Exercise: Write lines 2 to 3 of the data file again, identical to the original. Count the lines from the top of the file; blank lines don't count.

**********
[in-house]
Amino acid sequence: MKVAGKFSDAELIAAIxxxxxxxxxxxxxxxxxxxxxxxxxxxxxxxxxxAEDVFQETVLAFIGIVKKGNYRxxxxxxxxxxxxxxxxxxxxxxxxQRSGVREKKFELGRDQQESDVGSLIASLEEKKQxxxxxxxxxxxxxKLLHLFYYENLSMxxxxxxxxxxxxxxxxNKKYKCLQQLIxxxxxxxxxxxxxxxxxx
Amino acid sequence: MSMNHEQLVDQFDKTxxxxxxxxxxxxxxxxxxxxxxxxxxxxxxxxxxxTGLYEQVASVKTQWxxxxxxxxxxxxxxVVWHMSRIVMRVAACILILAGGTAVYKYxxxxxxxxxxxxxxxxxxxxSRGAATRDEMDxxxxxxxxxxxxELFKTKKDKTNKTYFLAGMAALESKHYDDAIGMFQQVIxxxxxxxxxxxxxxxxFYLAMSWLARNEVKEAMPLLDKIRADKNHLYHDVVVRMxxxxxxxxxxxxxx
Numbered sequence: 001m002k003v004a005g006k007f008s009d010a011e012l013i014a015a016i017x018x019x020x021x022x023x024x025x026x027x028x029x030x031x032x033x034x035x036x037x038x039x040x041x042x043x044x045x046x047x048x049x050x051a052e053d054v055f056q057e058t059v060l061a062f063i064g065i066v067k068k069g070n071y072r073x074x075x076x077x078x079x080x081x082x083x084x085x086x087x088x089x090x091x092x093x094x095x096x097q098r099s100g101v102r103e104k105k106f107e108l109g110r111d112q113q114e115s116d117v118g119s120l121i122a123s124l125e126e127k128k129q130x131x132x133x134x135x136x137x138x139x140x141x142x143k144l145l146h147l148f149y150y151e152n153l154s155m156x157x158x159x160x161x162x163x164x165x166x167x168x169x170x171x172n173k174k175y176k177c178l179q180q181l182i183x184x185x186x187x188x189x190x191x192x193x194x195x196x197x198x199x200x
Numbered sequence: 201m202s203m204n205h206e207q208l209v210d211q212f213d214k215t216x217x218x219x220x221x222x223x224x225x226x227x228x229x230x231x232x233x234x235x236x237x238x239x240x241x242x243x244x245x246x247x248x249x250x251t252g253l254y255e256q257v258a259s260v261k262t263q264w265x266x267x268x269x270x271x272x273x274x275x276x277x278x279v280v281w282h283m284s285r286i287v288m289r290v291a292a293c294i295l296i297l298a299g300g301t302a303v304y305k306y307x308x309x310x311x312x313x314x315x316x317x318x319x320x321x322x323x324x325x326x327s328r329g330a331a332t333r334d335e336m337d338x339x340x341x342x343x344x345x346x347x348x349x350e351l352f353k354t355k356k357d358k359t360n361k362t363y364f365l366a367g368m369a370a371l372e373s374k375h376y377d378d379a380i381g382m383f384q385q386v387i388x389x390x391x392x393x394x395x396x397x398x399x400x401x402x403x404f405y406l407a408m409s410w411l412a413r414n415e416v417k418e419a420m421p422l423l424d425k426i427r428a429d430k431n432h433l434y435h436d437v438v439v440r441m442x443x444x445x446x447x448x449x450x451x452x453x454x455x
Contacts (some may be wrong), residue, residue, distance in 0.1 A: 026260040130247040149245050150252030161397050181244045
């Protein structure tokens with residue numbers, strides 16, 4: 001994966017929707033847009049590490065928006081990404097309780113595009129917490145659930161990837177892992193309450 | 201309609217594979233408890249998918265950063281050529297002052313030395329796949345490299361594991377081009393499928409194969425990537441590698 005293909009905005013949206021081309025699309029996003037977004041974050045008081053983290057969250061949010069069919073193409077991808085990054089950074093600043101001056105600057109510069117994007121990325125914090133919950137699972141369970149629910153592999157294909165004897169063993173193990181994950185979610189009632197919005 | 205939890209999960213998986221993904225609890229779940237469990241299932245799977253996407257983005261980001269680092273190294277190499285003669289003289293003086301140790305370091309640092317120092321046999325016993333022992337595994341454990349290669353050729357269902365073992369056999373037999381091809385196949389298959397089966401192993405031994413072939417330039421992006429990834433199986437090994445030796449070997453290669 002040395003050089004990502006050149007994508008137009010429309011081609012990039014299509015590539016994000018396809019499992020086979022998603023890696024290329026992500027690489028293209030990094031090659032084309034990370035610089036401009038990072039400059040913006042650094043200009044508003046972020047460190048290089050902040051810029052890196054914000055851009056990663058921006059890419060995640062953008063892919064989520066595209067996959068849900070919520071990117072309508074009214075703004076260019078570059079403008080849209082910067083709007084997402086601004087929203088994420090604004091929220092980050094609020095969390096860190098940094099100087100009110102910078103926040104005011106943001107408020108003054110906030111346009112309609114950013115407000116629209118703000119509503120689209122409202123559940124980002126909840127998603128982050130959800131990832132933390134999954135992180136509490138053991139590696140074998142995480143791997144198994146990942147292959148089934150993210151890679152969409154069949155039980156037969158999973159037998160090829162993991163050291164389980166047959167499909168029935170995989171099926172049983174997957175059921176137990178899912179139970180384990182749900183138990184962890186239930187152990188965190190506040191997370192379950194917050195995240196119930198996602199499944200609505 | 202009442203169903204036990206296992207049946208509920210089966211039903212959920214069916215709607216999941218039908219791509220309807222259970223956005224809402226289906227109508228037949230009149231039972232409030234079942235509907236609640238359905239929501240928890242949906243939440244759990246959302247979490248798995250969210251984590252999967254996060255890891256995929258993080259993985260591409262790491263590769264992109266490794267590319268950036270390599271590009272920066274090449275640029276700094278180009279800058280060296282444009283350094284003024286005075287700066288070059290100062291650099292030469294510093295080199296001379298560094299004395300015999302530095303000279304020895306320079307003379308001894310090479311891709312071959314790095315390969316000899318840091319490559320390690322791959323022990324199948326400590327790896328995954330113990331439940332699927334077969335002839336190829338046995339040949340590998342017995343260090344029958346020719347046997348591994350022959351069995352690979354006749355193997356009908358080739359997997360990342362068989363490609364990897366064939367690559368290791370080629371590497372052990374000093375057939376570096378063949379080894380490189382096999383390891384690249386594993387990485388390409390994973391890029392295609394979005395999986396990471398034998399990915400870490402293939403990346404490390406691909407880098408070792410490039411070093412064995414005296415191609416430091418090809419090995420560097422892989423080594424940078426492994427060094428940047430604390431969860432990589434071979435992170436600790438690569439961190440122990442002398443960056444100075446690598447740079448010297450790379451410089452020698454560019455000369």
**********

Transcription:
Amino acid sequence: MKVAGKFSDAELIAAIxxxxxxxxxxxxxxxxxxxxxxxxxxxxxxxxxxAEDVFQETVLAFIGIVKKGNYRxxxxxxxxxxxxxxxxxxxxxxxxQRSGVREKKFELGRDQQESDVGSLIASLEEKKQxxxxxxxxxxxxxKLLHLFYYENLSMxxxxxxxxxxxxxxxxNKKYKCLQQLIxxxxxxxxxxxxxxxxxx
Amino acid sequence: MSMNHEQLVDQFDKTxxxxxxxxxxxxxxxxxxxxxxxxxxxxxxxxxxxTGLYEQVASVKTQWxxxxxxxxxxxxxxVVWHMSRIVMRVAACILILAGGTAVYKYxxxxxxxxxxxxxxxxxxxxSRGAATRDEMDxxxxxxxxxxxxELFKTKKDKTNKTYFLAGMAALESKHYDDAIGMFQQVIxxxxxxxxxxxxxxxxFYLAMSWLARNEVKEAMPLLDKIRADKNHLYHDVVVRMxxxxxxxxxxxxxx